Vino Rosso, "Convento", Luigi Oddero
Organic

Vino Rosso, "Convento", Luigi Oddero - NV

Item # 48995 750mL

A dry red blend of Dolcetto, Barbera, and a touch of Nebbiolo, this medium-bodied red has aromas of dark berries and violets. Fresh, yet with structure and good acidity, this is a perfect pairing for salsiccia and cheese.

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Color
Red
Vintage
NV
Country
Region
Sub-Region
Appellation/Village
La Morra
Producer
Grape Variety
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Production Methods

Organic

Organic

Practicing Organic

Wine made from grapes grown without synthetic pesticides, fertilizers and herbicides in the vineyard.


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About the Producer

La Morra, Piedmont, Italy “Poderi e Cantine Oddero” (Oddero Estate and Winery) is a historic name among Barolo producers. Run for generations by men, it is now in the hands of Mariacristina and Mariavittoria, the daughters of Giacomo Oddero, Barolo patriarch and a man whose fame reaches beyond the Langhe. The company dedicates its full attention to the winemaking process, blending ancient wisdom...

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Glossary

Piedmont

The most famous grape in Piedmont is the noble Nebbiolo, which makes the long-lived Barolo and Barbaresco. There are plenty of Nebbiolo-based wines that are quite enjoyable in their youth, however, often produced in smaller, lesser-known regions such as Ghemme or Gattinara. Several other Piedmontese grapes make striking and delicious wines: Pelaverga produces light-colored reds with distinctive notes of strawberry, cherry, and pink peppercorn. The red Freisa is vinified in a variety of styles:...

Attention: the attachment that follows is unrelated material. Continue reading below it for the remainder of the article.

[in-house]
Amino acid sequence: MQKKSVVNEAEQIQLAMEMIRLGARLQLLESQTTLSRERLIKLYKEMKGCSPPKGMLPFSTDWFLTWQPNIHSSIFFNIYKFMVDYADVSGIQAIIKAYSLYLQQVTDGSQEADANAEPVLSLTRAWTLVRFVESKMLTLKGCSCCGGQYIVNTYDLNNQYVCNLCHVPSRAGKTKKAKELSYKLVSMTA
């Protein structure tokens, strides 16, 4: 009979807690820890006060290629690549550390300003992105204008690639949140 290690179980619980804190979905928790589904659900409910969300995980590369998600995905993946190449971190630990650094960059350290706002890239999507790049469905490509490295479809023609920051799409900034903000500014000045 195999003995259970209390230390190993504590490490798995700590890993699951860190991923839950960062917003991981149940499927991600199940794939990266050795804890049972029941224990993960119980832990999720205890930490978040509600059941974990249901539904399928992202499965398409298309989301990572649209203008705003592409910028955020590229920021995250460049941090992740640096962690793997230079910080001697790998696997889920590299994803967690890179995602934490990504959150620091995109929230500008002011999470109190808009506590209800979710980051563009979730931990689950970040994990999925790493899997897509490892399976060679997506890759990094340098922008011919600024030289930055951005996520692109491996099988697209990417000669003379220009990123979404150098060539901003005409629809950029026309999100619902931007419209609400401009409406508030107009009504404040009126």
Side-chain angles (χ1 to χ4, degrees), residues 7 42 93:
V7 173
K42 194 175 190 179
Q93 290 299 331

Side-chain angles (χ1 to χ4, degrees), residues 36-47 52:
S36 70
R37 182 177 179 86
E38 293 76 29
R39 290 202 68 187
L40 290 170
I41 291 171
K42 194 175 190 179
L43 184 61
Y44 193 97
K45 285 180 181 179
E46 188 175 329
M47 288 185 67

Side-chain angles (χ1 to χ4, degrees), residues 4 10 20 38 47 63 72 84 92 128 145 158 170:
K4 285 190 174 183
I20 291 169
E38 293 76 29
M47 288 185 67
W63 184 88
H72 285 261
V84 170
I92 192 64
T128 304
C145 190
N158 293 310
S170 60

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Dolcetto

A red grape variety grown in Piedmont and nearly nowhere else. Dolcetto-based wines are not sweet, as many people might surmise on hearing the name; the Piedmontese declared it "dolce" only because it is lower in acid than the wines they're used to. Dolcettos are usually meant to be enjoyed young. Some of the best ones come from the area around the town of Alba.

Barbera

Barbera is grown all over Italy, but the best examples of this red grape come from Piedmont, where it is made into all manner of wines - from easy-drinking quaffers to serious, cellar-worthy bottlings. Wherever they fall on the spectrum of stodginess, however, they are generally ruby-colored, full-bodied, and highly acidic, with remarkably low levels of tannins. The areas that are most strongly associated with Barbera (for good reason) are the Alba and Asti DOCs, which consistently produce...

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